Christie Administration appointees are telling the Tesla Motors to fugetaboutit, Save Jerseyans, and in this blogger’s humble opinion, it’s a decision that’s symptomatic of everything wrong with modern America government.
Long story short, the New Jersey Motor Vehicle Commission (NJMVC) adopted a rule change (PDF) on Tuesday requiring all new car dealers operating within the state to offer up a franchise agreement before receiving a license from Trenton. The problem for Tesla, one of the world’s most innovative and celebrated automotive companies is that they are both manufacturer and distributor of all Tesla vehicles.
A company can’t produce a franchise agreement with itself! So the NJMVC rule has the effect of blocking Tesla from selling cars in the Garden State… and reinforcing New Jersey’s reputation as one of the United States’ least business friendly locales…
The entire purpose of such regulations is as old fashioned as the dealership model they’re designed to protect.
Proponents of the regulation will argue that protecting dealerships helps create local competition; by way of example, if BMW sold all of its cars directly to the New Jersey consumer market, then there wouldn’t be any opportunity for car dealers to compete and undercut each other locally. That’s good for car buyers, at least in theory.
But for a smaller company like Tesla with only a handful of showrooms? These regulations don’t make any sense because they effectively form a barrier to market entry. It’s ironic, if we’re being honest about it, since the same politicians pushing protective regulations are also constantly lecturing us on the importance of “going green.”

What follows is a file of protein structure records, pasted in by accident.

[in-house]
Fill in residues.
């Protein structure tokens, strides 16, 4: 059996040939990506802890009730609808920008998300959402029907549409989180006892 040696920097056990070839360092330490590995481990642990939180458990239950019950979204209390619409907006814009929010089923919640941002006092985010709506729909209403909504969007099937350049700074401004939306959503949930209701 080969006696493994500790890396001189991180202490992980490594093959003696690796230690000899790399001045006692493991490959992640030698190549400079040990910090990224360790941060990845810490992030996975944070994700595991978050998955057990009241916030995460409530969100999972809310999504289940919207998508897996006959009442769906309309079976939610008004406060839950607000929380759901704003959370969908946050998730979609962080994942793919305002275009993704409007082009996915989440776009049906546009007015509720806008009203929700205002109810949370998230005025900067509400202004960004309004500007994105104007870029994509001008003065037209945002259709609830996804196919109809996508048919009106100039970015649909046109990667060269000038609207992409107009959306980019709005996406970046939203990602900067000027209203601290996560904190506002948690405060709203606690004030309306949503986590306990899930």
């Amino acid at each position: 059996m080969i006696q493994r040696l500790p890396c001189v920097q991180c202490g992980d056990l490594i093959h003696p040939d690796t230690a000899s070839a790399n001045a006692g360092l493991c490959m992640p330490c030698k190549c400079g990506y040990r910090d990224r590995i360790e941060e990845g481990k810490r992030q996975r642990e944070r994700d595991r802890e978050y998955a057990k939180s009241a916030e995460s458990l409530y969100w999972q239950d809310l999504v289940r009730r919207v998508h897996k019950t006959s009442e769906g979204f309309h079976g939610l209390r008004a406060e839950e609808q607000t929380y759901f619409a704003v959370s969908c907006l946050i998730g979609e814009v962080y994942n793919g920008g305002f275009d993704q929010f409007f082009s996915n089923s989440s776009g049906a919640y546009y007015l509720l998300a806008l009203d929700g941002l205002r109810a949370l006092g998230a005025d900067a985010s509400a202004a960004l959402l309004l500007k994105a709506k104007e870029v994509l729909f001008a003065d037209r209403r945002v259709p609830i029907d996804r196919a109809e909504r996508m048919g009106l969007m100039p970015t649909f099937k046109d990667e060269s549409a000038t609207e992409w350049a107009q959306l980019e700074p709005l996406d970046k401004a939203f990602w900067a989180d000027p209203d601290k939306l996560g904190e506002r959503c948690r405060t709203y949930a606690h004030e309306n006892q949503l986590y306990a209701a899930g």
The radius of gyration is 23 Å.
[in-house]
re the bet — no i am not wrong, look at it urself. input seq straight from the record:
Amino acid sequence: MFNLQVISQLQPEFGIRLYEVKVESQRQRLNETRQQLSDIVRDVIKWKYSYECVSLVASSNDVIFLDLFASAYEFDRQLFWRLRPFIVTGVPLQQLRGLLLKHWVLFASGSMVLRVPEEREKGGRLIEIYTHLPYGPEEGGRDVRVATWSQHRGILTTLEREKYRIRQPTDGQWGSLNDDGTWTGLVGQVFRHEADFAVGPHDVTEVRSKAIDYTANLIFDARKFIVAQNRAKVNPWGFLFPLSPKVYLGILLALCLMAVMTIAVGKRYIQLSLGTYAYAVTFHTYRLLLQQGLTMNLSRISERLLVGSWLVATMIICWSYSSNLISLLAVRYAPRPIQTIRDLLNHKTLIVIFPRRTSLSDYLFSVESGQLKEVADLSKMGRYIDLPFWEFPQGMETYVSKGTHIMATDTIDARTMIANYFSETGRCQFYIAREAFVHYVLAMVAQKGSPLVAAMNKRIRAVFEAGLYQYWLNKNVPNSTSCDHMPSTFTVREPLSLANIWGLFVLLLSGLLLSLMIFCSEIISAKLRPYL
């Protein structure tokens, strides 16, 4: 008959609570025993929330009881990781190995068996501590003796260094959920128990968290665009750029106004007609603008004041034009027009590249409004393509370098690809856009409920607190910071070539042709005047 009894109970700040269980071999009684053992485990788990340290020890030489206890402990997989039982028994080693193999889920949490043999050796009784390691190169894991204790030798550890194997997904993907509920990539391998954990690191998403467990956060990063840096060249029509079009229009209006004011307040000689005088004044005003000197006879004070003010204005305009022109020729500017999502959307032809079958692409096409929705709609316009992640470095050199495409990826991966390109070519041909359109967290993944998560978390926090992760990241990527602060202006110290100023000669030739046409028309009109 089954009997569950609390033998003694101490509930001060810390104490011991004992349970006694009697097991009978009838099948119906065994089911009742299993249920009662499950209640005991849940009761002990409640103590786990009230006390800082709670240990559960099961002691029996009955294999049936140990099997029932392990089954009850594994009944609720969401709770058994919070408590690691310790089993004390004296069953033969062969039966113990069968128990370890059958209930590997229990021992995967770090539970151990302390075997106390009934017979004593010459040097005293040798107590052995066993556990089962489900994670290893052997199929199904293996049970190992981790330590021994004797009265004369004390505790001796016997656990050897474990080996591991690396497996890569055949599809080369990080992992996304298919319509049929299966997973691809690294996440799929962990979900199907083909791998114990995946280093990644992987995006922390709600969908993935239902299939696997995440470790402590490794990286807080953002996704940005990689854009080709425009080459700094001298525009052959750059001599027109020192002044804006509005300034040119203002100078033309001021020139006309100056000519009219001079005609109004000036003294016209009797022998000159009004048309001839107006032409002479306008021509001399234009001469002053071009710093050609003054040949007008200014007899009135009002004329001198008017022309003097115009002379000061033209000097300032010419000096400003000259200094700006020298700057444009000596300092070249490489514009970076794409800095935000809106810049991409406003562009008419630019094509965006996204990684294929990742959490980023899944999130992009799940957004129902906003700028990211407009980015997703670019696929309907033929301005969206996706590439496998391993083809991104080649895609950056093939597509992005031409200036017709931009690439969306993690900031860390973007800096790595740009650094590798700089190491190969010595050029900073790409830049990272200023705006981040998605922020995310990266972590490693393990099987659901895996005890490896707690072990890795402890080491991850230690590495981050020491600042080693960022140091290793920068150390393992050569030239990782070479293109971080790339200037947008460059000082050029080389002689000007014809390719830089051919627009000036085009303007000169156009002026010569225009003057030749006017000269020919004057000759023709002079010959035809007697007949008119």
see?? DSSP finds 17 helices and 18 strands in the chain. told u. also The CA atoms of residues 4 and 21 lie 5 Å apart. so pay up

How are we supposed to start driving electric cars if they’re forcibly excluded from the market? And consequently made artificially expensive to the point where government subsidies are the only way to make them affordable for anyone other than the wealthy?
The rules were waived for years. Why get heavy now? Did someone get a well-placed campaign contribution? You can bet we’ll check ELEC for it.
In the interim, here’s a novel alternative game plan for Trenton (and Washington): (1) follow David Camp’s lead and create a simplified tax code including corporate tax cuts, (2) eliminate taxpayer-financed subsidies, and (3) unless it’s a tank or nuke, get out of the way of U.S. consumers buying whatever the hell they want directly from manufacturers.
That’s the best way to get quality, energy-efficient and affordable motor vehicles to consumers who want to buy them. When someone in government finds a way to make ANYTHING less affordable through bureaucratic intervention (a feat which the Obamacare debacle has yet again proven is an impossible dream) then go ahead and give me a call.
Until then, our hopelessly meddlesome politicians in both the executive and legislative branches should stop talking about creating jobs and let Tesla create them by doing business without Big Brother on their backs.